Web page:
Report: Continued Job, GDP Growth Expected in 2024
A new report projects Connecticut will add 10,000 jobs in 2024, with the state’s economy expected to grow between 0.5% and 1%.
The latest issue of The Connecticut Economic Digest, published by the Department of Labor and Department of Economic and Community Development, forecasts job gains in most industry sectors this year.
“There’s barely a whisper of recession, though plenty of chatter that the Fed’s past tightening will eventually bring the U.S. economy back down to Earth,” University of Connecticut economist Steven Lanza notes in the report.
“Given the influence that national conditions have on state outcomes, that could translate into job losses for Connecticut, but the state’s ongoing momentum and tight labor markets suggest instead that job growth will continue.”
Connecticut employers added 24,300 jobs (1.5%) in the 12 months through November 2023—25th among all states—with the state regaining all pandemic losses in October.
The state’s economy saw its best performance of 2023 in the third quarter, with GDP growing 4.7%—27th best—after expanding 0.8% in the second quarter and 0.2% in the first three months of the year.
“Real state GDP in 2023 was running 1.8% above 2022 levels,” the report notes. “That also represents a deceleration from 2022’s 2.9% growth but stands well above the 0.5% average annual of the last 10 years.”
An overall gain of 10,000 jobs in 2024 would represent 0.6% annual growth, which Lanza suggests is “more in line with long-run growth trends.”
“With three openings for every two jobless workers, employers are finding it frustratingly difficult to fill vacant positions,” the report notes.
CBIA president and CEO Chris DiPentima said while he agreed that the labor shortage remains the economy’s biggest challenge, “we should see that as an opportunity, not a foregone conclusion.”
“There continues to be significant demand for Connecticut products and services and that speaks to the broad, untapped potential of our economy,” he said.
“We have a real opportunity to leverage the state’s strong fiscal position to address—through meaningful, sustainable policy solutions—the factors driving the labor shortage and unlock that potential.
“That means lowering the cost of living, addressing the housing shortage, expanding access to quality, affordable childcare, and expanding career pathways—particularly for underserved communities.”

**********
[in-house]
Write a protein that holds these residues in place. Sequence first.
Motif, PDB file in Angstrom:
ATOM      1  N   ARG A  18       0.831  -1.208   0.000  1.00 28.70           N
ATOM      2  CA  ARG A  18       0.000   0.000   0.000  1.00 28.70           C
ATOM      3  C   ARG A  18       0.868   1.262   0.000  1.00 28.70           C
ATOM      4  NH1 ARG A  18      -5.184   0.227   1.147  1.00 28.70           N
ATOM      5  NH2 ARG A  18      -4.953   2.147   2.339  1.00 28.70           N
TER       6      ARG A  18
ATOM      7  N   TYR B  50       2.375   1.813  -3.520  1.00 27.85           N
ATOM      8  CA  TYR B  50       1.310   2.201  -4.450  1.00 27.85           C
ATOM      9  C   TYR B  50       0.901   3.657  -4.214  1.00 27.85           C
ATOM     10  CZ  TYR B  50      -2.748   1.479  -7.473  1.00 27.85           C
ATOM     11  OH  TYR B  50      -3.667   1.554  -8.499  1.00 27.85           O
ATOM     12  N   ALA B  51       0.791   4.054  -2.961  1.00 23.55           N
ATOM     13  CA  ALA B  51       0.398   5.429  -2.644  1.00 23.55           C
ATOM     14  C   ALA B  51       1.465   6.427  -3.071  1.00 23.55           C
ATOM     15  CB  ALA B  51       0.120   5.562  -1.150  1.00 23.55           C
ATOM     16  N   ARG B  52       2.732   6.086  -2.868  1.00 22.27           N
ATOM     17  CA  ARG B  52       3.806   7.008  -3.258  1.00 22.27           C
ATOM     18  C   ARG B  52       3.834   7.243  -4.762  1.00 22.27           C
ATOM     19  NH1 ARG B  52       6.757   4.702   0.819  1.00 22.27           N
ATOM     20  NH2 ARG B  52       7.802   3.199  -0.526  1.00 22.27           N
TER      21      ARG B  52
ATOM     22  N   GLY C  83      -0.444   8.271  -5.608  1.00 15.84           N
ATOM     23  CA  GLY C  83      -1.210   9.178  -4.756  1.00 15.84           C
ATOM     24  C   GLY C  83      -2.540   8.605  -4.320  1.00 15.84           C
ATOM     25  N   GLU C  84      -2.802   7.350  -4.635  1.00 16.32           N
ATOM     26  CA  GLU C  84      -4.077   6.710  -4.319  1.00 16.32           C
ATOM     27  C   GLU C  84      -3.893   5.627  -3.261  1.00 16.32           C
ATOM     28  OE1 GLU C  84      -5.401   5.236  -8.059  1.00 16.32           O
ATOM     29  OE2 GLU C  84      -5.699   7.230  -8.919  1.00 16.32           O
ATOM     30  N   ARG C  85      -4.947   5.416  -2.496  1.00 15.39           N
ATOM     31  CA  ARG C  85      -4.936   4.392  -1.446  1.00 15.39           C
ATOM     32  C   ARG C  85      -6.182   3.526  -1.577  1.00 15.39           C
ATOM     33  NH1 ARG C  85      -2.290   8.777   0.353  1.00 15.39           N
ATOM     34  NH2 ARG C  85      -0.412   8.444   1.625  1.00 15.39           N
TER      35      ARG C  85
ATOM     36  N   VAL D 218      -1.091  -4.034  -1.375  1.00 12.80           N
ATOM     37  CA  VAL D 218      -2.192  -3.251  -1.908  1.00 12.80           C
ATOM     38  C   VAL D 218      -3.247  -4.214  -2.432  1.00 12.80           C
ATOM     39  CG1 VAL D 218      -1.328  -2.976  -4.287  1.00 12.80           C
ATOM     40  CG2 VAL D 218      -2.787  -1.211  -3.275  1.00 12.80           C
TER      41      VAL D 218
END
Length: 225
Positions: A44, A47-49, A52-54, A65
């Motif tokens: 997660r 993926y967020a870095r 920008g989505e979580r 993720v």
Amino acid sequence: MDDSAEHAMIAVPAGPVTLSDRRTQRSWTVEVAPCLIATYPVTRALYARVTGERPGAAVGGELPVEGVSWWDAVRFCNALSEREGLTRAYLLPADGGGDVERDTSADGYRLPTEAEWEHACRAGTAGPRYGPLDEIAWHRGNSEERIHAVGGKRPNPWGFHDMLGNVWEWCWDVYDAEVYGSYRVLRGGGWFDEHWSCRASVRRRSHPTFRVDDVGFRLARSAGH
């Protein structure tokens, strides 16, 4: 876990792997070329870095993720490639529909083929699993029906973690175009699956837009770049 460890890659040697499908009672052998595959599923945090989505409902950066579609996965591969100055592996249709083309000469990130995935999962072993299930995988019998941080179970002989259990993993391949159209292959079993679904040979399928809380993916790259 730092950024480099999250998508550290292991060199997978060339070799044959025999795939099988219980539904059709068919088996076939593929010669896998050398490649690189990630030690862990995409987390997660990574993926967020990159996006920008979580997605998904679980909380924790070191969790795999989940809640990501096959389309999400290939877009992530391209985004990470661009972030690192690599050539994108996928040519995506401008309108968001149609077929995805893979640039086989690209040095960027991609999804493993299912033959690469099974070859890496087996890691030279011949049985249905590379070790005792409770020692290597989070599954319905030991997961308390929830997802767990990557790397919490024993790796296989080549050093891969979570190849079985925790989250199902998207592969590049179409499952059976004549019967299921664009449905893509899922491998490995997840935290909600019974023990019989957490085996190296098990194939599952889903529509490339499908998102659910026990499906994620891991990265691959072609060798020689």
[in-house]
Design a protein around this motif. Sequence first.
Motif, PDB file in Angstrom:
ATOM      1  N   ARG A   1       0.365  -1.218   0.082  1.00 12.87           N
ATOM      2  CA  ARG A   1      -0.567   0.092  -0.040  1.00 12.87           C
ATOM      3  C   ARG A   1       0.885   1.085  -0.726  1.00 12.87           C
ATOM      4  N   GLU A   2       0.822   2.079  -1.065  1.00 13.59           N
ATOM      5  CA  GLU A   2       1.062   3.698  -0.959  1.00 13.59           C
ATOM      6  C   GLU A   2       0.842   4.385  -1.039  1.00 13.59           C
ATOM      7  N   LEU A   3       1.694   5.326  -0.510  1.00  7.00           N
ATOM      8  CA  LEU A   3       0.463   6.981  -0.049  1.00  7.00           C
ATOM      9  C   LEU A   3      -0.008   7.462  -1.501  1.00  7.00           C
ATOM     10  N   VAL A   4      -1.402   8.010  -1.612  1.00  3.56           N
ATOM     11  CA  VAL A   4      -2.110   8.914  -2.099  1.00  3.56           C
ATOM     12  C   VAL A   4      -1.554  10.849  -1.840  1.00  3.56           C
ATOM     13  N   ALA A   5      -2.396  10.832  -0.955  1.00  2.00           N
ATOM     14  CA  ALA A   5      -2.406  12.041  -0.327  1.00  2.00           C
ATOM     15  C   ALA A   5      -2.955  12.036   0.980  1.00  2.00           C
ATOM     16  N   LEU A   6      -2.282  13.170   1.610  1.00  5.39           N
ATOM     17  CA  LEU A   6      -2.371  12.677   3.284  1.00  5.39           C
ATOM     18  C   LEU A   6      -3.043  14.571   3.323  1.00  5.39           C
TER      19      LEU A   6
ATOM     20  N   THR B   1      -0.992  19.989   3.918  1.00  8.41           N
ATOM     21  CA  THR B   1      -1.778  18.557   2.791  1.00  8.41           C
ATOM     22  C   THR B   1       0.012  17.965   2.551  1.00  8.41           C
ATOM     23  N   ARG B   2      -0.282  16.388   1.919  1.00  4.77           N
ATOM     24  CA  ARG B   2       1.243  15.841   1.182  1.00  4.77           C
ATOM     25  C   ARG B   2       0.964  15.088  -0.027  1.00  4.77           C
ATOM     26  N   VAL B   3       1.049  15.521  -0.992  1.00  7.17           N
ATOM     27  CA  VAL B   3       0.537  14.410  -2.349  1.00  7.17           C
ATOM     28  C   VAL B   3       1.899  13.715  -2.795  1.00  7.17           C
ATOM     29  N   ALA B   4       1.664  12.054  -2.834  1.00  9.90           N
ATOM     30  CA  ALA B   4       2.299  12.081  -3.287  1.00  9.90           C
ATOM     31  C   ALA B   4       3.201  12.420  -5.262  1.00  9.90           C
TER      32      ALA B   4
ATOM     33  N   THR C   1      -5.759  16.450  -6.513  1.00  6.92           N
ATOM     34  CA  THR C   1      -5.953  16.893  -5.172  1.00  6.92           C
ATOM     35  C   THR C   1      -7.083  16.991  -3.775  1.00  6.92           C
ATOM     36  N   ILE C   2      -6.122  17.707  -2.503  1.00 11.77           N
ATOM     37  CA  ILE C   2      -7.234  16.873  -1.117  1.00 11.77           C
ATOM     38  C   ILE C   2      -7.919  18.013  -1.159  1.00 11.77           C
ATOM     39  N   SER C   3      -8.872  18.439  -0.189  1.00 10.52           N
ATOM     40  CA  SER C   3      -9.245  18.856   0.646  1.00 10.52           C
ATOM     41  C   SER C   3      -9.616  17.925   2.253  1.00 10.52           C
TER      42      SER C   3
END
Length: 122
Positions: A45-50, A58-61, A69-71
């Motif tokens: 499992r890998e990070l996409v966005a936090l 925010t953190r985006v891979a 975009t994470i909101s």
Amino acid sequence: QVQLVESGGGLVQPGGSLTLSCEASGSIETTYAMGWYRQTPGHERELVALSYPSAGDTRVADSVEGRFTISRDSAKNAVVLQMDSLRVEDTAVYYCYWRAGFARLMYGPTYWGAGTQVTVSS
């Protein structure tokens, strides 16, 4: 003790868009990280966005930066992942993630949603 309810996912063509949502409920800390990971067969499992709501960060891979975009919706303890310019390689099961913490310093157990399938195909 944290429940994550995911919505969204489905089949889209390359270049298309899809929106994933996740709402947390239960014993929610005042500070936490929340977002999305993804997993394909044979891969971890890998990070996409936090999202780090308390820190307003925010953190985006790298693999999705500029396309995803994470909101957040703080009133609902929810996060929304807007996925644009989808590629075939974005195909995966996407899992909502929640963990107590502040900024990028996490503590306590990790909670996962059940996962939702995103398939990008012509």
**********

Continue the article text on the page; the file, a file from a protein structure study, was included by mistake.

DiPentima said CBIA will continue to advocate for maintaining and protecting the 2017 bipartisan fiscal guardrails that are largely responsible for the state’s current fiscal health.
He added that the organization will also continue promoting solutions that make Connecticut more affordable for residents.
“Those include implementing policies like multi-employer welfare arrangements—that lower health insurance costs—for small business employees and first time homebuyer savings accounts that are popping up in other states,” he said.
“We also must increase childcare options, remove barriers to employment by streamlining occupational credentialing and licensing, and stimulate increased business investment as interest rates comes down by restoring the pass-through entity tax credit and eliminating the temporary corporate tax surcharge.
“We have every reason for optimism and to set high expectations for Connecticut’s economy—not just for 2024, but for the long-term.”
Education and health services, trade, transportation, and utilities, and other services were Connecticut’s top job growth sectors in percentage terms in 2023, accounting for 87% of all employment gains.
Financial activities was the worst performing sector, losing 3,400 jobs in the 12 months through November, while construction and manufacturing posted modest losses.
The report projects that education and health services will lead job growth again this year, followed by government, information, construction, leisure and hospitality, and financial activities.
“Health-related industries will continue to lead the state’s growth sectors and not just because the state’s older demographic requires more medical services,” the report noted. “Connecticut is also a leader in the booming health technology field.”
Employment in the trade, transportation, and utilities sector was projected to decline by more than 1%, with losses also forecast for manufacturing, other services, and professional services.
The report added that the manufacturing projections “may reflect more the shortage of qualified workers rather than the lack of available positions.”
“Even amid job losses, productivity gains will allow forecasted real manufacturing output to essentially hold steady,” it said.
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